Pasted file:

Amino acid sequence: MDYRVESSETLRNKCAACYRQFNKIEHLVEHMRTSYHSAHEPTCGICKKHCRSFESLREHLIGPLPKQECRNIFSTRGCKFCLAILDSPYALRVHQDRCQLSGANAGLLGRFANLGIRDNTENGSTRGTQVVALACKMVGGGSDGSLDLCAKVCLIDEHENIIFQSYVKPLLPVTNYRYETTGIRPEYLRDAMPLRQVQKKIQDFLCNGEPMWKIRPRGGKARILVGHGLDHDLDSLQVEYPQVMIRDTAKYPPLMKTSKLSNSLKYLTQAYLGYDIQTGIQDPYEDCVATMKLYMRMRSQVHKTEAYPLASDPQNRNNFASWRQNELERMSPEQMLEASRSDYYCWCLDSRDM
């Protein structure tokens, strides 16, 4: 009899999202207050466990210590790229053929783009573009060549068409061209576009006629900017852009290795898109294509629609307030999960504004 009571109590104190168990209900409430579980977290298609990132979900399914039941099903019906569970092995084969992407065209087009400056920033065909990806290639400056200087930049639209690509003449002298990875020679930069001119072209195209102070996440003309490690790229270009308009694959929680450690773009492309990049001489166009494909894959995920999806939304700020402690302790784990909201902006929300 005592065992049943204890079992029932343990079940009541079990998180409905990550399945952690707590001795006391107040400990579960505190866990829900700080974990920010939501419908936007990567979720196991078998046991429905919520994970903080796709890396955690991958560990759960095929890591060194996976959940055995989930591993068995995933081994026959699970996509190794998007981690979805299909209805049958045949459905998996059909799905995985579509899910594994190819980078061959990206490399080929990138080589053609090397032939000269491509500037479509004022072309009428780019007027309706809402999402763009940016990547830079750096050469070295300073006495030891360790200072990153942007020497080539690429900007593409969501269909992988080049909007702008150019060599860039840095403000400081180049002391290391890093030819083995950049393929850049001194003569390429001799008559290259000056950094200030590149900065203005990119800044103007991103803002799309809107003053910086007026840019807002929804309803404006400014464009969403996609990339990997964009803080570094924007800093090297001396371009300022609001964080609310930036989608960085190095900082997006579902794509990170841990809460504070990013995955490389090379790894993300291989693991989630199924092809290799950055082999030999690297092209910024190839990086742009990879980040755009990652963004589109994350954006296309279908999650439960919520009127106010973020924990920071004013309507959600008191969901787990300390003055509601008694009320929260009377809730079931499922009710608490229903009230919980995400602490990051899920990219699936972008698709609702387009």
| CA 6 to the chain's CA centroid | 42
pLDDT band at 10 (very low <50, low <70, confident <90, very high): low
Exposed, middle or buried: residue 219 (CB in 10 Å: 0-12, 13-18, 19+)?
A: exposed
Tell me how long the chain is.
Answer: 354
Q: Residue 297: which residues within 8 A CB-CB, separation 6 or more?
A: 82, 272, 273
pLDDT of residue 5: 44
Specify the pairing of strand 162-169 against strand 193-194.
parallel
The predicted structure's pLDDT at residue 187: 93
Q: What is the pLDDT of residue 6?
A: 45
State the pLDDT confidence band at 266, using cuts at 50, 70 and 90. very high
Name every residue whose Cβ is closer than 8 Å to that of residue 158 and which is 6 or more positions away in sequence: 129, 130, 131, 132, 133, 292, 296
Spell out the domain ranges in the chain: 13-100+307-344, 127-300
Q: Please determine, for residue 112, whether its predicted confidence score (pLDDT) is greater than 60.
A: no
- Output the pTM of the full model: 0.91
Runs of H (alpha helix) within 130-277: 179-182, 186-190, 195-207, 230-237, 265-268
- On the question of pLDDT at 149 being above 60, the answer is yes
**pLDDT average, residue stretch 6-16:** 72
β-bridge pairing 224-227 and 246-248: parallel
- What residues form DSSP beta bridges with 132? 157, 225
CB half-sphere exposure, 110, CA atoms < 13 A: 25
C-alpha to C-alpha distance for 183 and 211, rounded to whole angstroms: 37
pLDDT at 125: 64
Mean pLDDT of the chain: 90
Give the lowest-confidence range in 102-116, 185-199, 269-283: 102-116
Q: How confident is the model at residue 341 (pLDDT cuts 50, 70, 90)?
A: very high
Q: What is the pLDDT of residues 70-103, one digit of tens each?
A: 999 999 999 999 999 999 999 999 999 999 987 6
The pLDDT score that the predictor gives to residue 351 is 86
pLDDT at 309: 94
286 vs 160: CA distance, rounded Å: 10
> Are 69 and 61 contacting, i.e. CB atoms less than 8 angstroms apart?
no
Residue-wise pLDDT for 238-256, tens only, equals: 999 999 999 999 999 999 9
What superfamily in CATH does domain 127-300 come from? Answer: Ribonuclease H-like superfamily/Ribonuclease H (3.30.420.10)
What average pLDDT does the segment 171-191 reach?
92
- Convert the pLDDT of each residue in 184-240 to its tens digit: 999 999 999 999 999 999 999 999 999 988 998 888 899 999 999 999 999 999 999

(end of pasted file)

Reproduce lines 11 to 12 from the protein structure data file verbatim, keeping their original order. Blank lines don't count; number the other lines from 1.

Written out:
pLDDT of residue 5: 44
Specify the pairing of strand 162-169 against strand 193-194.